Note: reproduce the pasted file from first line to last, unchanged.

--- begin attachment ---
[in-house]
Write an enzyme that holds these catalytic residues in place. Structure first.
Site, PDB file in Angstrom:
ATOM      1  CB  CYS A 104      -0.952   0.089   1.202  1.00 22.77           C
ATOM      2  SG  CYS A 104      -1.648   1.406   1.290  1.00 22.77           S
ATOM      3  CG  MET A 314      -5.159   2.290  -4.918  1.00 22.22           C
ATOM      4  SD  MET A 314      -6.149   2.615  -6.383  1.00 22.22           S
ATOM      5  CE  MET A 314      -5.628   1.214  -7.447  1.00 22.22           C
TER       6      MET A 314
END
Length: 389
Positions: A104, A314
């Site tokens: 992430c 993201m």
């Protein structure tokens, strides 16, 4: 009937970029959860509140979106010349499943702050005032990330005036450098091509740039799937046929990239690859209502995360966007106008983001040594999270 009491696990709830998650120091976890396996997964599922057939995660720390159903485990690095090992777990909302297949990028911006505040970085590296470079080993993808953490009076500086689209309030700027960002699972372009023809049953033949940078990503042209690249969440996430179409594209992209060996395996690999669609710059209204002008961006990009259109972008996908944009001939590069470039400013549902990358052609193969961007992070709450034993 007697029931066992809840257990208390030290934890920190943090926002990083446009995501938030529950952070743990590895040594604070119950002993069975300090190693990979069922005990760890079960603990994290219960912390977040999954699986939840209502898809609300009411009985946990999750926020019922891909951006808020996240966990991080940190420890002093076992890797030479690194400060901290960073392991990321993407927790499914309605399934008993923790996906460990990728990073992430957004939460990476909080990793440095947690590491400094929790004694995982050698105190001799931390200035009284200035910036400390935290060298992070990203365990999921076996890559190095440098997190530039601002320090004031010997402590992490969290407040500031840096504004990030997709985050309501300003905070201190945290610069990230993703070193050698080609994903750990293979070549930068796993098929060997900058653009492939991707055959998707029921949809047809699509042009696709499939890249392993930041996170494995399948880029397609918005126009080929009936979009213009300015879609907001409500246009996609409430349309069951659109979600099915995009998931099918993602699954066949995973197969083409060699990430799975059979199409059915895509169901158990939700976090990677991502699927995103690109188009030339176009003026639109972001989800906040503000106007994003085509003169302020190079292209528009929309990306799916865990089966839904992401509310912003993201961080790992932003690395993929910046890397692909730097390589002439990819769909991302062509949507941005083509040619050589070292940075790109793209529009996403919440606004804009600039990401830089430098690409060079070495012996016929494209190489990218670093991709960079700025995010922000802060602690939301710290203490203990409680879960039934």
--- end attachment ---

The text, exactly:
[in-house]
Write an enzyme that holds these catalytic residues in place. Structure first.
Site, PDB file in Angstrom:
ATOM      1  CB  CYS A 104      -0.952   0.089   1.202  1.00 22.77           C
ATOM      2  SG  CYS A 104      -1.648   1.406   1.290  1.00 22.77           S
ATOM      3  CG  MET A 314      -5.159   2.290  -4.918  1.00 22.22           C
ATOM      4  SD  MET A 314      -6.149   2.615  -6.383  1.00 22.22           S
ATOM      5  CE  MET A 314      -5.628   1.214  -7.447  1.00 22.22           C
TER       6      MET A 314
END
Length: 389
Positions: A104, A314
């Site tokens: 992430c 993201m």
């Protein structure tokens, strides 16, 4: 009937970029959860509140979106010349499943702050005032990330005036450098091509740039799937046929990239690859209502995360966007106008983001040594999270 009491696990709830998650120091976890396996997964599922057939995660720390159903485990690095090992777990909302297949990028911006505040970085590296470079080993993808953490009076500086689209309030700027960002699972372009023809049953033949940078990503042209690249969440996430179409594209992209060996395996690999669609710059209204002008961006990009259109972008996908944009001939590069470039400013549902990358052609193969961007992070709450034993 007697029931066992809840257990208390030290934890920190943090926002990083446009995501938030529950952070743990590895040594604070119950002993069975300090190693990979069922005990760890079960603990994290219960912390977040999954699986939840209502898809609300009411009985946990999750926020019922891909951006808020996240966990991080940190420890002093076992890797030479690194400060901290960073392991990321993407927790499914309605399934008993923790996906460990990728990073992430957004939460990476909080990793440095947690590491400094929790004694995982050698105190001799931390200035009284200035910036400390935290060298992070990203365990999921076996890559190095440098997190530039601002320090004031010997402590992490969290407040500031840096504004990030997709985050309501300003905070201190945290610069990230993703070193050698080609994903750990293979070549930068796993098929060997900058653009492939991707055959998707029921949809047809699509042009696709499939890249392993930041996170494995399948880029397609918005126009080929009936979009213009300015879609907001409500246009996609409430349309069951659109979600099915995009998931099918993602699954066949995973197969083409060699990430799975059979199409059915895509169901158990939700976090990677991502699927995103690109188009030339176009003026639109972001989800906040503000106007994003085509003169302020190079292209528009929309990306799916865990089966839904992401509310912003993201961080790992932003690395993929910046890397692909730097390589002439990819769909991302062509949507941005083509040619050589070292940075790109793209529009996403919440606004804009600039990401830089430098690409060079070495012996016929494209190489990218670093991709960079700025995010922000802060602690939301710290203490203990409680879960039934």